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Taekwondo training: Typical process & content

Taekwondo Training

Traditionally, learning Taekwondo consists of various elements that are carefully coordinated with one another and, in their entirety, form a modern, sporty, challenging and effective martial art. The way from the first Taekwondo course on the weekend to becoming a Taekwondo master is long and rocky, but it is definitely worth taking up the challenge. It will shape your body as well as your self-esteem. In the following we present typical training stops and which exercises can be imitated at home.

Taekwondo Training
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Videos vom Taekwondo Training

In the following videos you can see how far the Taekwondo martial art can take you and what professionals are capable of – but don’t be intimidated, everyone starts at the beginning.

Black belt during training

Taekwondo talents during training

Process of a typical Taekwondo training

1. The greeting As with karate and judo, it is also customary in Taekwondo to bow to the training room, the trainer and classmates on the threshold of the hall (dojang). This also applies if you are the first to be present.

For the actual greeting, people are placed in a block across from the trainer. The most experienced students stand on the right in front and as a new student you have to stand on the far left at the back. The highest ranking student then greets the trainer with the words “Charyot, Kyosa-nim, kyong-ye” (from 4th Dan upwards “Charyot, Sabum-nim, kyong-ye”) and a bow follows.

Then comes the greeting to the flags. Here you turn to the flags and the highest-ranking student says “Kuk-ki, keterio, kyong-ye”. Then bow to the flags (usually the German and Korean flags in Dojang, the Korean flag and the flag of the host country during the competition). This greeting is sometimes traced back to the roll call from the time when dangsudo was primarily a military sport.

There are probably also clubs and associations in which the greeting is carried out sitting in a row, as in karate and judo. If in doubt, you should ask the trainer beforehand or simply know both variants so as not to fall out of line on the first day.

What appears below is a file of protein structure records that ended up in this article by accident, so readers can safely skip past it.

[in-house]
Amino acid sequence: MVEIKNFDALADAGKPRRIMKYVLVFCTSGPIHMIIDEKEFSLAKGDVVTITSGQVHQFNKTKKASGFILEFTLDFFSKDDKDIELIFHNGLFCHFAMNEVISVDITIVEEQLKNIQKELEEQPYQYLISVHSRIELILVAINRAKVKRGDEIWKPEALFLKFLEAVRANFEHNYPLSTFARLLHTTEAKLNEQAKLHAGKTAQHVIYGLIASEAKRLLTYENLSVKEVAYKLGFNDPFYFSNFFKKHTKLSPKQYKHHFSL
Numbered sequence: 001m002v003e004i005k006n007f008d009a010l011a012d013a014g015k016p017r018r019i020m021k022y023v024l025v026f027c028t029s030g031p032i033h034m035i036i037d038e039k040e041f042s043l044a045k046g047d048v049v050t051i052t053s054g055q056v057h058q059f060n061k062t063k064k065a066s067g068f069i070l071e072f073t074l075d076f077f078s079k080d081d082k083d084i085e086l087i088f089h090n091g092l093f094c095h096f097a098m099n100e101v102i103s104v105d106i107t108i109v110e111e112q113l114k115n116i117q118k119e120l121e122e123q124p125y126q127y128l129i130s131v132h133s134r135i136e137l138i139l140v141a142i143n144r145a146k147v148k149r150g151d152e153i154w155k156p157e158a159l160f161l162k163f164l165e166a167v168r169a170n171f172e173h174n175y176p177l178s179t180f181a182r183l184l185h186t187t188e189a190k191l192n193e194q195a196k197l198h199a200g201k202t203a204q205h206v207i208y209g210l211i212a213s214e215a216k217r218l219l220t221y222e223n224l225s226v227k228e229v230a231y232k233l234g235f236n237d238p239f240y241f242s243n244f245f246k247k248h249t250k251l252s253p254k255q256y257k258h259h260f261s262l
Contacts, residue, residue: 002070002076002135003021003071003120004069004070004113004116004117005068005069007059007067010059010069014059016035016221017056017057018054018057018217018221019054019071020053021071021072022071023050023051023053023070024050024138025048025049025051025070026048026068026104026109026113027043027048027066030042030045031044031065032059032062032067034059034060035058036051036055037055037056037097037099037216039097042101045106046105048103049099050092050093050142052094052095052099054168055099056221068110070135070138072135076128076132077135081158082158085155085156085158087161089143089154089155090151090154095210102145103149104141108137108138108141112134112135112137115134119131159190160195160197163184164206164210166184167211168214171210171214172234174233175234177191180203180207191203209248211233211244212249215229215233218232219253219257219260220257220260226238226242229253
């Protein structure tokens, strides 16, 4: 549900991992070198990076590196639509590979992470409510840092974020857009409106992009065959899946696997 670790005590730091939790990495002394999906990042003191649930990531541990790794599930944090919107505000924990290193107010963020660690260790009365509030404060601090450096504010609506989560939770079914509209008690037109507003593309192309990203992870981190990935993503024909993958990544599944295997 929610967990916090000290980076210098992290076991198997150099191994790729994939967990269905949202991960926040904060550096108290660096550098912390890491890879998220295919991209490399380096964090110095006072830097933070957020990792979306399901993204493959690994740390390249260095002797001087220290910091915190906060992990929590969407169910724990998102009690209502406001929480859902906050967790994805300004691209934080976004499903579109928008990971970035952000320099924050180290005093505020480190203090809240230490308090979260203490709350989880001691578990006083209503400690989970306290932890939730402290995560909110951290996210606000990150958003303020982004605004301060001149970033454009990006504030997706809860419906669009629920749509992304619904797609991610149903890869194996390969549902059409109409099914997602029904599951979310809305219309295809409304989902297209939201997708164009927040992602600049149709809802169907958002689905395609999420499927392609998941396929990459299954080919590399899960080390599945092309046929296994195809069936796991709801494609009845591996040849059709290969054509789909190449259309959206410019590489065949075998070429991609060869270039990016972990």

2. Warm up The greeting is followed by a warm-up, whereby the focus in Taekwondo is on warming up the leg muscles. This is because the extensive footwork in Taekwondo puts a special strain on the muscles of the feet, hips and thighs. The high-performing foot techniques can quickly lead to an injury in the hip area if the body is not warmed up properly.
3. Stretching exercises
After warming up, as in any sport, a few short stretching exercises follow. These two phases usually take up about the first half hour of training.
4. Theory The trainer will always incorporate part of the theory into the training unit, as this is essential for training and testing. This includes knowing the names of all techniques and basics of self-defense law.

However, this will not take place in one piece and while sitting, as in school, as the muscles cool down too much. Rather, the trainer will incorporate the theoretical knowledge at useful points in the training, for example during a short drinking break. This maintains concentration and the central theme of the training.

5. Elementary school In elementary school you train individual techniques as well as combinations, usually with several repetitions. The focus here is on the correct execution of movement sequences, the correct application of the foot positions and the internalization of the techniques. You should get a feeling for how your body works in order to master the techniques blindly in the later process, so to speak.